This is the sort of rhetoric that makes my blood run cold. Here’s a prefiguring example:

In our state the individual is not deprived of freedom. In fact, he has greater liberty than an isolated man, because the state protects him and he is part of the State. Isolated man is without defence.

– Benito Mussolini.

Terry Eagleton (from a review of Paxton’s Anatomy of Fascism in the New Statesman) elucidates the connection:

Conservatives disdain the popular masses, while fascists mobilise and manipulate them. Some conservatives believe in ideas, but fascists have a marked preference for myths. If they think at all, they think through their blood, not their brain. Fascists regard themselves as a youthful, revolutionary avant-garde out to erase the botched past and create an unimaginably new future.

All supporters of the old-fashioned conception of individual liberty, whether they think of themselves as left or right, conservative or progressive, must do what can be done. Resist. We should not expect any quarter for outdated ideas under a new kind of freedom.

[cross-posted to Samizdata]

Literalmindedness and the redefinition of thought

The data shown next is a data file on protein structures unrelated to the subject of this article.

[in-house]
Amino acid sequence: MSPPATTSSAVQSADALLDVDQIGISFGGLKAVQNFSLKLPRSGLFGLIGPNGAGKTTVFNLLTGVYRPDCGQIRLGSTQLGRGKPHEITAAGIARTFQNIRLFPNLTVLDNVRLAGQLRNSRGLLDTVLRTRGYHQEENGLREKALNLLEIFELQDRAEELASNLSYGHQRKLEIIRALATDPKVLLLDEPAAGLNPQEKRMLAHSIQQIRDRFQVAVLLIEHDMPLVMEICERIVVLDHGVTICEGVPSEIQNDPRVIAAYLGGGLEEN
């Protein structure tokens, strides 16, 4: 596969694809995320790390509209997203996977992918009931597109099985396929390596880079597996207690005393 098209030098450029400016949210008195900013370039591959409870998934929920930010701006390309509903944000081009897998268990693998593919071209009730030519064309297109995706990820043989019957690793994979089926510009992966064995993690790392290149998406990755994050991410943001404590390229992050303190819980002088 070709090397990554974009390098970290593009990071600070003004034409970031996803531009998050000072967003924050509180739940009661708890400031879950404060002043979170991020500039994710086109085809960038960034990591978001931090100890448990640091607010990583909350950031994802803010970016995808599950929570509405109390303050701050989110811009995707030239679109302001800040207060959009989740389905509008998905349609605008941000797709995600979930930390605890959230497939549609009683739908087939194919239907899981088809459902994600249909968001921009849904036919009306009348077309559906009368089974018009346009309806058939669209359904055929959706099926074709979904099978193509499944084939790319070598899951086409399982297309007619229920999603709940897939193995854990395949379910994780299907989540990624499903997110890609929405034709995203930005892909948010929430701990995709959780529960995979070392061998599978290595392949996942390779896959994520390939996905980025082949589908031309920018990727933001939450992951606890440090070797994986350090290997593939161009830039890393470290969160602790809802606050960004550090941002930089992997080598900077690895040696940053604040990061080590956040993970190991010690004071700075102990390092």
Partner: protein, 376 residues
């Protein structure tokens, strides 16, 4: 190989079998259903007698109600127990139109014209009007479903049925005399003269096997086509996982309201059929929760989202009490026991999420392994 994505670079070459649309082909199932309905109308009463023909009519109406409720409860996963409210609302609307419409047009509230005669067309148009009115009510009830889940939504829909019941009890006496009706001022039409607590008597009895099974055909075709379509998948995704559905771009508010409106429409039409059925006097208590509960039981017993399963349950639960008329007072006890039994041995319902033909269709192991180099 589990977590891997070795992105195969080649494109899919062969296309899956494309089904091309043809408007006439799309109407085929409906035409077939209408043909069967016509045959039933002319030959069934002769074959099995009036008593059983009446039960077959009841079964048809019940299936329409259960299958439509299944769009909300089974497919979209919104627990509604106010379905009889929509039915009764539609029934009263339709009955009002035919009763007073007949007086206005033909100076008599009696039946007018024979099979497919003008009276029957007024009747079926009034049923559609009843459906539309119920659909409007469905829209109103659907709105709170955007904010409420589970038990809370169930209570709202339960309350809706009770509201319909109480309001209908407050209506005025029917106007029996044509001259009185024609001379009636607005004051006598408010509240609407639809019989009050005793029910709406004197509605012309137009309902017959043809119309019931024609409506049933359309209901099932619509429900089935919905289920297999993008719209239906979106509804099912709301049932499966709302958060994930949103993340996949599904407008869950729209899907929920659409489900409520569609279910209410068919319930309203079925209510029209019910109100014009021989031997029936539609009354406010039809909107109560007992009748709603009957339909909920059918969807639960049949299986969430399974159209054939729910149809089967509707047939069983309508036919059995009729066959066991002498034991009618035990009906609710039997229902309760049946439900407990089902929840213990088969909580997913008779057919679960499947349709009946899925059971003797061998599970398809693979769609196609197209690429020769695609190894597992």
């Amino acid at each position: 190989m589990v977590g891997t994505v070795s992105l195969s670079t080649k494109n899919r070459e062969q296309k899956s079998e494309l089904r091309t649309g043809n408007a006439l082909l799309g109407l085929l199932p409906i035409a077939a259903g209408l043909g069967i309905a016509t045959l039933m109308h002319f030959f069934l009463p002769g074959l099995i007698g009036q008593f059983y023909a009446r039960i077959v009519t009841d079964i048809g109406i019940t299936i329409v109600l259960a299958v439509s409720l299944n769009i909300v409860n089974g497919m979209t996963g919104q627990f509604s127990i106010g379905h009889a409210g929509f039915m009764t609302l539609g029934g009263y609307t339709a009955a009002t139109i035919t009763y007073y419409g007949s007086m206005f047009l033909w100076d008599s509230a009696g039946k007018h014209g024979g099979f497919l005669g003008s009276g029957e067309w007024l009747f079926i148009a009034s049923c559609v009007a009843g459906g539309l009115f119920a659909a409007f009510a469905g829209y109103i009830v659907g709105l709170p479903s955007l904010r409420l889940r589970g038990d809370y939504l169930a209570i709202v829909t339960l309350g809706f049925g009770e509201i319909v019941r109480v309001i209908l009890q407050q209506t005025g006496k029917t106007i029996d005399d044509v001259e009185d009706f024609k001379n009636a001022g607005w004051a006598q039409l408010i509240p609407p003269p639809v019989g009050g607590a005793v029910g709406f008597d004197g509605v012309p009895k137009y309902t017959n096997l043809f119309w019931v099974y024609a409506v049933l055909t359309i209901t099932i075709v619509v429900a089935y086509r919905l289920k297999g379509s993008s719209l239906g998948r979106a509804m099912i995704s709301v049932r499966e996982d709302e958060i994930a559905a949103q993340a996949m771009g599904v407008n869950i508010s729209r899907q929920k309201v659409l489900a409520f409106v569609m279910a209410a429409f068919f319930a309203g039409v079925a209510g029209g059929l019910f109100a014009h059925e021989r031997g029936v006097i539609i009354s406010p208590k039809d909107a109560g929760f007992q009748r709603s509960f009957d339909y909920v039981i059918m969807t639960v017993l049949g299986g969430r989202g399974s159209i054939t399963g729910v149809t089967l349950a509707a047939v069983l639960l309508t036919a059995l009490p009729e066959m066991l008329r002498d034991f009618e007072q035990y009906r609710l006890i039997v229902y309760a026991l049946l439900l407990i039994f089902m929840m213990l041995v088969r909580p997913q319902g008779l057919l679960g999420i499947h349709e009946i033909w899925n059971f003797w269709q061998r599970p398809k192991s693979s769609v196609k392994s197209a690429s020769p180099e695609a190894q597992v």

Compare this:

By 2050 earlier, probably — all real knowledge of Oldspeak will have disappeared. The whole literature of the past will have been destroyed. Chaucer, Shakespeare, Milton, Byron — they’ll exist only in Newspeak versions, not merely changed into something different, but actually changed into something contradictory of what they used to be. Even the literature of the Party will change. Even the slogans will change. How could you have a slogan like “freedom is slavery” when the concept of freedom has been abolished? The whole climate of thought will be different. In fact there will be no thought, as we understand it now. Orthodoxy means not thinking — not needing to think. Orthodoxy is unconsciousness.

Syme {no relation} in 1984

with this:

People’s names are already on a large number of databases.
Most of us have dozens of cards in our wallets with our identities on. We
already have a Big Brother society. ID cards mean identity fraud can be dealt with and stopped. ID cards are a means of controlling the Big Brother society rather than creating it. Big Brother society is already here.

Charles Clarke, quoted in the Eastern Daily Press today.